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A New-Growth Perspective on Non-Renewable Resources

Author

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  • Christian Groth

    (Department of Economics, University of Copenhagen)

Abstract

This article reviews issues related to the incorporation of non-renewable resources in the theory of economic growth and development. As an offshoot of the new growth theory of the last two decades a series of contributions have studied endogenous technical change in relation to resource scarcity. We discuss the main approaches within this literature and consider questions like: How is the new literature related to the wave of resource economics of the 1970s? What light is thrown on the limits-to-growth issue? Does the existence of non-renewable resources have implications for the controversies within new growth theory?

Suggested Citation

  • Christian Groth, 2006. "A New-Growth Perspective on Non-Renewable Resources," Discussion Papers 06-26, University of Copenhagen. Department of Economics.
  • Handle: RePEc:kud:kuiedp:0626
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    File URL: http://www.econ.ku.dk/english/research/publications/wp/2006/0626.pdf/
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    References listed on IDEAS

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    1. Corrado Di Maria & Simone Valente, 2006. "The Direction of Technical Change in Capital-Resource Economies," CER-ETH Economics working paper series 06/50, CER-ETH - Center of Economic Research (CER-ETH) at ETH Zurich.
    2. Smulders, Sjak & de Nooij, Michiel, 2003. "The impact of energy conservation on technology and economic growth," Resource and Energy Economics, Elsevier, vol. 25(1), pages 59-79, February.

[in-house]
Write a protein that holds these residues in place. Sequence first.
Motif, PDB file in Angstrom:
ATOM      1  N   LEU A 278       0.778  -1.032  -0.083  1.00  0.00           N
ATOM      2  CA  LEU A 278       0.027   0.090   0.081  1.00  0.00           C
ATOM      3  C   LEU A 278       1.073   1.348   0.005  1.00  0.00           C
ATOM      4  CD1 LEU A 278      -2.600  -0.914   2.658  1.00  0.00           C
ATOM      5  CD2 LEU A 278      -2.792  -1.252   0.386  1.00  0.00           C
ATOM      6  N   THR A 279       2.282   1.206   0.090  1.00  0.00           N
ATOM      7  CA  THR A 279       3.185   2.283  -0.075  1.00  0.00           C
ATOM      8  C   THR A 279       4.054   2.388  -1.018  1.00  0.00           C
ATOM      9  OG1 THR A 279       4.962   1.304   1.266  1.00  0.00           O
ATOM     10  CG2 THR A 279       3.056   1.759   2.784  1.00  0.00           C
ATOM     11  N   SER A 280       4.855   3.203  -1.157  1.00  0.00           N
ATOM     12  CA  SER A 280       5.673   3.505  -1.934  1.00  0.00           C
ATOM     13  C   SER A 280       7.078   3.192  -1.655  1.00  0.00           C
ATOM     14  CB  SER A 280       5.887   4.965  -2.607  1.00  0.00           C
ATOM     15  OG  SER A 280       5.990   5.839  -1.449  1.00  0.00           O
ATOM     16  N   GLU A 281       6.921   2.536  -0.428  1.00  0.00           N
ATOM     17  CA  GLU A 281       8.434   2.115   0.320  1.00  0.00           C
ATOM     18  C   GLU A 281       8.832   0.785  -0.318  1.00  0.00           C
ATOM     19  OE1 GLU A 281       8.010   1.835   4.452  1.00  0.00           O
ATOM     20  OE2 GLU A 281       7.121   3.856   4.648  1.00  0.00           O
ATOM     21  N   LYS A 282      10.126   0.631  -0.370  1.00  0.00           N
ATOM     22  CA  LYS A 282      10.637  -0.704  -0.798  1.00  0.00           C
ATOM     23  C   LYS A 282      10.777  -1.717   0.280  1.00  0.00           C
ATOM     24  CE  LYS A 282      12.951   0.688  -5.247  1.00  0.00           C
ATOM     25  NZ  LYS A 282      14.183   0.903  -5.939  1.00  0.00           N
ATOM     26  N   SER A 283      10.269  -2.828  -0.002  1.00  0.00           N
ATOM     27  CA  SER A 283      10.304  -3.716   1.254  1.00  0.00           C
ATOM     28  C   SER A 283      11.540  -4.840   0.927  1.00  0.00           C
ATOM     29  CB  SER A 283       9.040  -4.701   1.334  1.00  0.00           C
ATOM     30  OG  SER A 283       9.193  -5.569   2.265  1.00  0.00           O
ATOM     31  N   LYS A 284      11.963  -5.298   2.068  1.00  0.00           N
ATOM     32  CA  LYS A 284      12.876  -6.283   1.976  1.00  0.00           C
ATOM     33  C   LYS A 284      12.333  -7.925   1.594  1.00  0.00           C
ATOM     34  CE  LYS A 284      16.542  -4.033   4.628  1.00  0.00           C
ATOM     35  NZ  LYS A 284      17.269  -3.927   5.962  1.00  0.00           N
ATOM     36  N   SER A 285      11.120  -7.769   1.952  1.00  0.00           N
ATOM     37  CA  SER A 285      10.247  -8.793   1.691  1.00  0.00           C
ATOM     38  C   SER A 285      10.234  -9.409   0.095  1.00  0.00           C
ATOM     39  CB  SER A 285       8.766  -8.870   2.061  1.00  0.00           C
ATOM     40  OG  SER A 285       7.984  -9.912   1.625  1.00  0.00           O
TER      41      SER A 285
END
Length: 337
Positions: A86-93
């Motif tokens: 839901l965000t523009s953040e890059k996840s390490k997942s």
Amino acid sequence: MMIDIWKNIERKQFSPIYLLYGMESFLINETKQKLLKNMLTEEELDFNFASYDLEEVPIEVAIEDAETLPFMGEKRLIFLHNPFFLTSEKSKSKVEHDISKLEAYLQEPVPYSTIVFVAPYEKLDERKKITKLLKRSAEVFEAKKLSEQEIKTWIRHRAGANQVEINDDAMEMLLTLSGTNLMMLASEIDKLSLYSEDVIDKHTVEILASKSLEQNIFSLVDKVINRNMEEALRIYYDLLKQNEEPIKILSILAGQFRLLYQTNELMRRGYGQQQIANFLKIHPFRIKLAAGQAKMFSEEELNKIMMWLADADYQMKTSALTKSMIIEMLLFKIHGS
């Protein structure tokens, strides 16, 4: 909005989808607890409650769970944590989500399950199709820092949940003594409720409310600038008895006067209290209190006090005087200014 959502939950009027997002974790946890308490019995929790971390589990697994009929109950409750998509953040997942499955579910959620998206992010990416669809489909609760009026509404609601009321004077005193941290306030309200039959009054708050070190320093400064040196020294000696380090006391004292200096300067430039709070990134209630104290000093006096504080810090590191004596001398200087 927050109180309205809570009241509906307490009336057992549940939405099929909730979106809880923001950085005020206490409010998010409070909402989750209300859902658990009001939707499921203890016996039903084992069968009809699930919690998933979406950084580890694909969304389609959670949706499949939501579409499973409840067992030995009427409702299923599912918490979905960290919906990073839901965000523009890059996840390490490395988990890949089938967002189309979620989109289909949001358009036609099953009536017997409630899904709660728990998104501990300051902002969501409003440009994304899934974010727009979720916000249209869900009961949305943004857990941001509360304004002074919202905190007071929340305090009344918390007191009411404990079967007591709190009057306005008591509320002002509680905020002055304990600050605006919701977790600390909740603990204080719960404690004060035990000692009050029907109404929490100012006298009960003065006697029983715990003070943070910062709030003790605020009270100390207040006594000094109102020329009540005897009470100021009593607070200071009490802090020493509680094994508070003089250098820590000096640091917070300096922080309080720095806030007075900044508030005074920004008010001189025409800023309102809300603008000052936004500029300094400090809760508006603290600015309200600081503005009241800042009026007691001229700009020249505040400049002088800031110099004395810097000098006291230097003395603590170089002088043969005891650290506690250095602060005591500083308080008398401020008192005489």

3. Weitzman, Martin L., 1998. "Why the Far-Distant Future Should Be Discounted at Its Lowest Possible Rate," Journal of Environmental Economics and Management, Elsevier, vol. 36(3), pages 201-208, November.
    4. Groth, Christian & Schou, Poul, 2007. "Growth and non-renewable resources: The different roles of capital and resource taxes," Journal of Environmental Economics and Management, Elsevier, vol. 53(1), pages 80-98, January.
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    Citations

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    Cited by:

    1. Juergen Antony, 2007. "Depletion of Non-Renewable Resources and Endogenous Technical Change," Working Papers 027, Bavarian Graduate Program in Economics (BGPE).
    2. Bety Agnany & Maria Jose Gutierrez & Amaia Iza, 2007. "R&D Policy in Economies with Endogenous Growth and Non-Renewable Resources," ThE Papers 07/09, Department of Economic Theory and Economic History of the University of Granada..
    3. Lucas Bretschger, 2016. "Is the Environment Compatible with Growth? Adopting an Integrated Framework," CER-ETH Economics working paper series 16/260, CER-ETH - Center of Economic Research (CER-ETH) at ETH Zurich.
    4. Pascal Da Costa, 2014. "Semi-Endogenous Growth and Pollution: No Double Dividend in the Long Term," Working Papers hal-00994904, HAL.
    5. Martin Stürmer & Gregor Schwerhoff, 2012. "Non-Renewable but Inexhaustible – Resources in an Endogenous Growth Model," Discussion Paper Series of the Max Planck Institute for Research on Collective Goods 2012_09, Max Planck Institute for Research on Collective Goods.
    6. Agnani, Betty & Gutiérrez Huerta, María José & Iza Padilla, María Amaya, 2007. "R&D Policy in Economies with Endogenous Growth and Non-Renewable Resources," DFAEII Working Papers 2007-05, University of the Basque Country - Department of Foundations of Economic Analysis II.
    7. Stuermer, Martin & Schwerhoff, Gregor, 2015. "Non-renewable resources, extraction technology, and endogenous growth," Working Papers 1506, Federal Reserve Bank of Dallas.
    8. Martin Stuermer & Gregor Schwerhoff, 2013. "Technological change in resource extraction and endogenous growth," Bonn Econ Discussion Papers bgse12_2013, University of Bonn, Germany.

    More about this item

    Keywords

    endogenous growth; innovation; non-renewable resources; knife-edge conditions; robustness; limits to growth;

    JEL classification:

    • O4 - Economic Development, Innovation, Technological Change, and Growth - - Economic Growth and Aggregate Productivity
    • Q3 - Agricultural and Natural Resource Economics; Environmental and Ecological Economics - - Nonrenewable Resources and Conservation

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